PTS 014/087: Looking into the Abyss

monster in mirror

PTS read-through:  The Merchant of Venice, Act IV

          Sooner or later, it’s perhaps inevitable that readers of The Merchant of Venice confront one question:  is this an anti-Semitic play?  In fact, lots of people seem to have a view without having seen or read the play.

          The answer is yes – and no. 

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QotW (#64): 21 January 2019

If there’s anyone more maligned than Greene who wasn’t actually a serial killer or worse, I’m struggling to come up with a name. 

jiminy cricket

Although it increasingly appears to have been abandoned in the twenty-first century, conscience is everywhere in the late sixteenth.  Hamlet, of course, blames it for his cowardice; Margaret curses Richard III with it; and it seems almost a rule that if you hire two thugs to carry out some dastardly act, one of them will prove reluctant …

It is also, it seems, only for the poor and the base – much like its cousin, Patience.  Even in moments of classic anagnorisis, I’d suggest we scarcely see it in our tragic heroes – a subject for another post, perhaps.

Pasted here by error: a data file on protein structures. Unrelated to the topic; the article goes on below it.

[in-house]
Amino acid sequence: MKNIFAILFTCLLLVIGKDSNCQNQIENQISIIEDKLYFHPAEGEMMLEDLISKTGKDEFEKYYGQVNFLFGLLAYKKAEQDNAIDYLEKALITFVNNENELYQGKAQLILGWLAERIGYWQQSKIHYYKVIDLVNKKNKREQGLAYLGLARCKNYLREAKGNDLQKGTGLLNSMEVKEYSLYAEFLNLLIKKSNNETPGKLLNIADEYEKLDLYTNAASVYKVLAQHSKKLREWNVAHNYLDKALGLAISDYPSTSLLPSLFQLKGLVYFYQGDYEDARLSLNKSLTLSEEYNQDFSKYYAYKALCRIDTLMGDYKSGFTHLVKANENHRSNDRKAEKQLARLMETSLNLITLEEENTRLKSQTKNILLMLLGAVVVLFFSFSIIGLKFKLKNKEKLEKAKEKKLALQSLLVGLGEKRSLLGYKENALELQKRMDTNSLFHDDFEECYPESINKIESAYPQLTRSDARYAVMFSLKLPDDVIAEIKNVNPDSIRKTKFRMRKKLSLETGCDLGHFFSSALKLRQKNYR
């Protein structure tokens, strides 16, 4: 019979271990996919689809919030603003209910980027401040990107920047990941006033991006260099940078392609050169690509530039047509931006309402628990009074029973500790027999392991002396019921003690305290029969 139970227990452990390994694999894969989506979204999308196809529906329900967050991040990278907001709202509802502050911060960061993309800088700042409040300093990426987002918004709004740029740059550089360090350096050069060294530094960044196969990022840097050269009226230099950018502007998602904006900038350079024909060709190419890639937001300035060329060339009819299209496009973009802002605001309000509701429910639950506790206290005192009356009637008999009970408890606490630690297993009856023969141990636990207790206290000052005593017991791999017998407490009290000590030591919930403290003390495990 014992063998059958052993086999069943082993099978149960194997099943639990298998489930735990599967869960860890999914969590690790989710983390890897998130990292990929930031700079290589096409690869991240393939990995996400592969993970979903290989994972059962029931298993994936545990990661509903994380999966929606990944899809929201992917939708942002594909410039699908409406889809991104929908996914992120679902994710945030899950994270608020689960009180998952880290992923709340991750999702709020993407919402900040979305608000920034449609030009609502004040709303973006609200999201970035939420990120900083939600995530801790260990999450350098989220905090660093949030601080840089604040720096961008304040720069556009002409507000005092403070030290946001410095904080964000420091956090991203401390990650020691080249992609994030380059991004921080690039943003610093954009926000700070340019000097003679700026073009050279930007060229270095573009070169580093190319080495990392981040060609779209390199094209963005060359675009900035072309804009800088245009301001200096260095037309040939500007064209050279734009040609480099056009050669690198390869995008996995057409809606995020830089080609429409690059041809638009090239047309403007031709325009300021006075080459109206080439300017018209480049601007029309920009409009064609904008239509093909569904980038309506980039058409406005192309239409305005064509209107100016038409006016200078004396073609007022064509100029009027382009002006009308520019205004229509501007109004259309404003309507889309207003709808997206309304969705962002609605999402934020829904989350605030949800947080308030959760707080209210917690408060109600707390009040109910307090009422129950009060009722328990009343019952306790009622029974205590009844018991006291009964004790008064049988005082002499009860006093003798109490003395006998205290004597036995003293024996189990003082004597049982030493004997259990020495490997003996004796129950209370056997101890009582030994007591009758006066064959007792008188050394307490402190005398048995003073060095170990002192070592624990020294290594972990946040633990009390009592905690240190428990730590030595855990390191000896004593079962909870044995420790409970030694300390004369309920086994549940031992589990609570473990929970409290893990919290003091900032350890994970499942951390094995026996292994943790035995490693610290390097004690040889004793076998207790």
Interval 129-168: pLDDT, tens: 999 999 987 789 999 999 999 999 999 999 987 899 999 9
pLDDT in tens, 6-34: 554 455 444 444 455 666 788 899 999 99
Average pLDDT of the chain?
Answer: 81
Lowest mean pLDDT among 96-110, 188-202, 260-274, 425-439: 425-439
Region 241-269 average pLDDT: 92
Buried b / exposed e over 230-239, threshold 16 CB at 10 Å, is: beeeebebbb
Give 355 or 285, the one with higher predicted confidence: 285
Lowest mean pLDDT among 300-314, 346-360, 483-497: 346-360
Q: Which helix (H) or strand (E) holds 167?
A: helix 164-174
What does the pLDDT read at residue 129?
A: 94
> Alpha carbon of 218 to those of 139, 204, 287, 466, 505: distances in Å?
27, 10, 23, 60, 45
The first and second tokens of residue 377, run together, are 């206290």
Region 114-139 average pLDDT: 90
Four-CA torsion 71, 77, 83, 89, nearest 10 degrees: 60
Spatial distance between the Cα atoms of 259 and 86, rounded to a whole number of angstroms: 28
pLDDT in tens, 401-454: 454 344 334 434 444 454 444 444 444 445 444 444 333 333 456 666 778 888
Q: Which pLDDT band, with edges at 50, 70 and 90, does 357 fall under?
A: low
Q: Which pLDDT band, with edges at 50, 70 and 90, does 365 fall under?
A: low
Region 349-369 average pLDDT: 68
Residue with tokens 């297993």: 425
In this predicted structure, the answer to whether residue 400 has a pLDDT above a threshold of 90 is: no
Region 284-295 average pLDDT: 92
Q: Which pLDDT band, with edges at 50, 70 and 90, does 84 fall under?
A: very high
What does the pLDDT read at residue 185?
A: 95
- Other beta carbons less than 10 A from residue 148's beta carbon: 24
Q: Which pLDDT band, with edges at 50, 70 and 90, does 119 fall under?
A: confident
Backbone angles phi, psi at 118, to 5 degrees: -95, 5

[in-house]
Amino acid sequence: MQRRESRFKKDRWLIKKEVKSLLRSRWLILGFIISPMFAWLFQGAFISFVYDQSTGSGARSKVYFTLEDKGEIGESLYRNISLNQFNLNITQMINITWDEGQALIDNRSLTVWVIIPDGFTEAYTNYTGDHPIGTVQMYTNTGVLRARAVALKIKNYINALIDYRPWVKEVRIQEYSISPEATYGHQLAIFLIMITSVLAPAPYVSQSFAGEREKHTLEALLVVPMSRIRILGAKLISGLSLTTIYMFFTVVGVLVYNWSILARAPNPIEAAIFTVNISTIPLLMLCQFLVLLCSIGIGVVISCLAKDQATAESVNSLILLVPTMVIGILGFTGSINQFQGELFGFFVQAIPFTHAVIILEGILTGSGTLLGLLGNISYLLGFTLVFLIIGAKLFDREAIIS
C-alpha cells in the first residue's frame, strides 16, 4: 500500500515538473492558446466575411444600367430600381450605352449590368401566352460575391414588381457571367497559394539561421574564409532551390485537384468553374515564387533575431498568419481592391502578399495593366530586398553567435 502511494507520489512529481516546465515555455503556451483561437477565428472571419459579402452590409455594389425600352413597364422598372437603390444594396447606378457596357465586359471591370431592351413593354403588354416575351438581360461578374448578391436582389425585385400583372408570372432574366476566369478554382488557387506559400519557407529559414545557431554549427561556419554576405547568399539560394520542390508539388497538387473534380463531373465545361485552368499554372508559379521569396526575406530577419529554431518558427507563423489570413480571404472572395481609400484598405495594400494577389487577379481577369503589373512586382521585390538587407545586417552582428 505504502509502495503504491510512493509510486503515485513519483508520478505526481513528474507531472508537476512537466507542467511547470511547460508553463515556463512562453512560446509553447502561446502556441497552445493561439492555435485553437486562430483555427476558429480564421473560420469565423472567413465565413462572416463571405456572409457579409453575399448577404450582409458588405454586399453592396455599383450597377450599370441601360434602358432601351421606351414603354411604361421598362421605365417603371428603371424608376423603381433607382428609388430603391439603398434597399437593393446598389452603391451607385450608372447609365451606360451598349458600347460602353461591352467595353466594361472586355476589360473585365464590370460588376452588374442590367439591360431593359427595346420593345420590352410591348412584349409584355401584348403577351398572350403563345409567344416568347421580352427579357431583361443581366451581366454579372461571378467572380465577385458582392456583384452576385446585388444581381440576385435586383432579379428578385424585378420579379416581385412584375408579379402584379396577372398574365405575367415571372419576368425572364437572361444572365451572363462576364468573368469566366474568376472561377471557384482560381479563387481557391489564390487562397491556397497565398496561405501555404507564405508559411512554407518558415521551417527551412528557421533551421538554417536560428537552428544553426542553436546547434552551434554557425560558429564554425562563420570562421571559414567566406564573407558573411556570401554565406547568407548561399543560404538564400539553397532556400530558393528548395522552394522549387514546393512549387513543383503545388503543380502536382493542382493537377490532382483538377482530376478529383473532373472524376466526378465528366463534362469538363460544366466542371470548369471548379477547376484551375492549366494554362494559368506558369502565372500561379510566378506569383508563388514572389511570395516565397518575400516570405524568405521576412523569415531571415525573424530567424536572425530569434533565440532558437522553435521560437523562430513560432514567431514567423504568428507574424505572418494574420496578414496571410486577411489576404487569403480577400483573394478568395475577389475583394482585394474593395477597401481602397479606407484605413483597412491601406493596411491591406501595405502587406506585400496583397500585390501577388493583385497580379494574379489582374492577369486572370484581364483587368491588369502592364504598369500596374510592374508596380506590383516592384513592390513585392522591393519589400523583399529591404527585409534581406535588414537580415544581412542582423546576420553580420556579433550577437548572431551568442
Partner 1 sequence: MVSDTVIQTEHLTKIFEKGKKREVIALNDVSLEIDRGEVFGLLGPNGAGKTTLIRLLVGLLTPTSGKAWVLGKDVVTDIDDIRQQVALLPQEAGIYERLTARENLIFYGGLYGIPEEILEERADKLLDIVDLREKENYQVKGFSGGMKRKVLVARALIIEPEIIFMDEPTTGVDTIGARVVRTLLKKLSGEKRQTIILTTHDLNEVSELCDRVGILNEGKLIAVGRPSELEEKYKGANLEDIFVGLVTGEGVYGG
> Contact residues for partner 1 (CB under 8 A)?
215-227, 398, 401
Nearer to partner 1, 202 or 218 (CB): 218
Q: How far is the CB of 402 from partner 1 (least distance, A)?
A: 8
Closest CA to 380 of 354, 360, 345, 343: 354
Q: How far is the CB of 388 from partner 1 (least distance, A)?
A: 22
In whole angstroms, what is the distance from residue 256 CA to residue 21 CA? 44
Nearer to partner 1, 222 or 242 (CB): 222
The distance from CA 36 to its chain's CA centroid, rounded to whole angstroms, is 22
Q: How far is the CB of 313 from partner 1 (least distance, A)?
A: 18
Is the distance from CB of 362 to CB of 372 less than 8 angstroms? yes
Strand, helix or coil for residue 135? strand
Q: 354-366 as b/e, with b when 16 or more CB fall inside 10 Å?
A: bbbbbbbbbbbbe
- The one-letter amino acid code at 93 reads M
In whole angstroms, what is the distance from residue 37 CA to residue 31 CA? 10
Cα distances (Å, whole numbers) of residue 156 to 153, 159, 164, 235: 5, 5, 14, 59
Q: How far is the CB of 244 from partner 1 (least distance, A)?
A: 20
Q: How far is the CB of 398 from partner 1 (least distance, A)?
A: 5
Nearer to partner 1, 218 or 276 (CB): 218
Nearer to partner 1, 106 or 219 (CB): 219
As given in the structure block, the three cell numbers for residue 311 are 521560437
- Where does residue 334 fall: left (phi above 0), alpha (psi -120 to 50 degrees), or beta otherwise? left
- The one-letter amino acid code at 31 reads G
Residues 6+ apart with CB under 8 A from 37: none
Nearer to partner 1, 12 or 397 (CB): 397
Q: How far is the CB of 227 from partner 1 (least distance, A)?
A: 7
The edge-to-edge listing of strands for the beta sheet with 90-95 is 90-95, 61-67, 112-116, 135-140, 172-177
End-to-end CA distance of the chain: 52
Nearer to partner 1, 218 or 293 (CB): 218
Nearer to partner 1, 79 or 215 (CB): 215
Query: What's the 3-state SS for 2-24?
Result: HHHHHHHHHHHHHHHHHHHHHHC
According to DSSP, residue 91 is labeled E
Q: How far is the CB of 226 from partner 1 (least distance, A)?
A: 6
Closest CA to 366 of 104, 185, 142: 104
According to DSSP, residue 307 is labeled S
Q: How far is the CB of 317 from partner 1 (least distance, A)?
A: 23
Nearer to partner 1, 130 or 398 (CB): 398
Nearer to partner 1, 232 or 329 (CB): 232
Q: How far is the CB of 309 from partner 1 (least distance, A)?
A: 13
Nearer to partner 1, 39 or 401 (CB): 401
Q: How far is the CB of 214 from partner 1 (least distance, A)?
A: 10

Anyway, to Robert Greene

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PTS 11/068: ‘Team Richard’ T-shirt Time …

The power of beauty vs. the beauty of power …

BH CSF14 RII 86647
Cambridge Shakespeare Festival 2014.  Image: ME

An emerging theme in my reading – and teaching – is the notion of being careful what you wish for.  For too many, Nietzsche’s ‘will to power’ is ephemeral, evaporating once a goal is achieved.  To others, it is an insatiable addiction. What links both is the outcome: unhappiness and deep satisfaction – the former cannot easily retain their newly won goal; the latter need another, greater fix of achievement.
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Quote of the Week: 11 December 2017

We only want to be kings because we don’t fully understand what it involves?

BH Lee_1603Christopher Lee, 1603 (Review:  London, 2003)

Not THAT Christopher Lee, obviously!

In class, we’ve seen it in Edward II and, I think, Richard III.  There are hints of it for my younger students in Macbeth.  But I see it everywhere: in Richard II, Henry IV, Henry V, Henry VI.

 

In Twelfth Night, Malvolio tells us:

“be not afraid of greatness: some are born great, some achieve greatness, and some have greatness thrust upon ’em” (II.v)

Quite simply, the message I consistently get from EMP plays is that greatness – in this case being monarch – is never, ever, all it’s cracked up to be …

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